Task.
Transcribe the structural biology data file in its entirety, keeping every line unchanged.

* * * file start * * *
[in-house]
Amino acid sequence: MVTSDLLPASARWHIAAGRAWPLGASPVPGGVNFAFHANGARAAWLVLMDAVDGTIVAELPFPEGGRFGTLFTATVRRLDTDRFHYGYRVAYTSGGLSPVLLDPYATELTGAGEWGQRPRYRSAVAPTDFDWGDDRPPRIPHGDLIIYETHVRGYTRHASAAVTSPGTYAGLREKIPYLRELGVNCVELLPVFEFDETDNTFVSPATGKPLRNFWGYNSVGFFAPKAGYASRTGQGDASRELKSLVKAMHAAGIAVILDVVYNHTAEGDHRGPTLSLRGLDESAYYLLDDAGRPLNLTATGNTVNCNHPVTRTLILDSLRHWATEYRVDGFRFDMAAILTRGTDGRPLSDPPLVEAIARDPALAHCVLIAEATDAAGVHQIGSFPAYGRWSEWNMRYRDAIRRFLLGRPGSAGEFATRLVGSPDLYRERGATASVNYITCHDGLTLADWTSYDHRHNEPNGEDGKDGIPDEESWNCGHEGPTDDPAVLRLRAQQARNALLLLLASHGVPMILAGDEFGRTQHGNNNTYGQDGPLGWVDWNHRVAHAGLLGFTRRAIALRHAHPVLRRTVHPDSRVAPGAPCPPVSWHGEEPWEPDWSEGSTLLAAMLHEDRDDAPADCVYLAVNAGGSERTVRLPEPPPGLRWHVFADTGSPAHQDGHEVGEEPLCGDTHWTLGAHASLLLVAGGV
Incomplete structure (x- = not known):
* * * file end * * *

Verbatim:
[in-house]
Amino acid sequence: MVTSDLLPASARWHIAAGRAWPLGASPVPGGVNFAFHANGARAAWLVLMDAVDGTIVAELPFPEGGRFGTLFTATVRRLDTDRFHYGYRVAYTSGGLSPVLLDPYATELTGAGEWGQRPRYRSAVAPTDFDWGDDRPPRIPHGDLIIYETHVRGYTRHASAAVTSPGTYAGLREKIPYLRELGVNCVELLPVFEFDETDNTFVSPATGKPLRNFWGYNSVGFFAPKAGYASRTGQGDASRELKSLVKAMHAAGIAVILDVVYNHTAEGDHRGPTLSLRGLDESAYYLLDDAGRPLNLTATGNTVNCNHPVTRTLILDSLRHWATEYRVDGFRFDMAAILTRGTDGRPLSDPPLVEAIARDPALAHCVLIAEATDAAGVHQIGSFPAYGRWSEWNMRYRDAIRRFLLGRPGSAGEFATRLVGSPDLYRERGATASVNYITCHDGLTLADWTSYDHRHNEPNGEDGKDGIPDEESWNCGHEGPTDDPAVLRLRAQQARNALLLLLASHGVPMILAGDEFGRTQHGNNNTYGQDGPLGWVDWNHRVAHAGLLGFTRRAIALRHAHPVLRRTVHPDSRVAPGAPCPPVSWHGEEPWEPDWSEGSTLLAAMLHEDRDDAPADCVYLAVNAGGSERTVRLPEPPPGLRWHVFADTGSPAHQDGHEVGEEPLCGDTHWTLGAHASLLLVAGGV
Incomplete structure (x- = not known):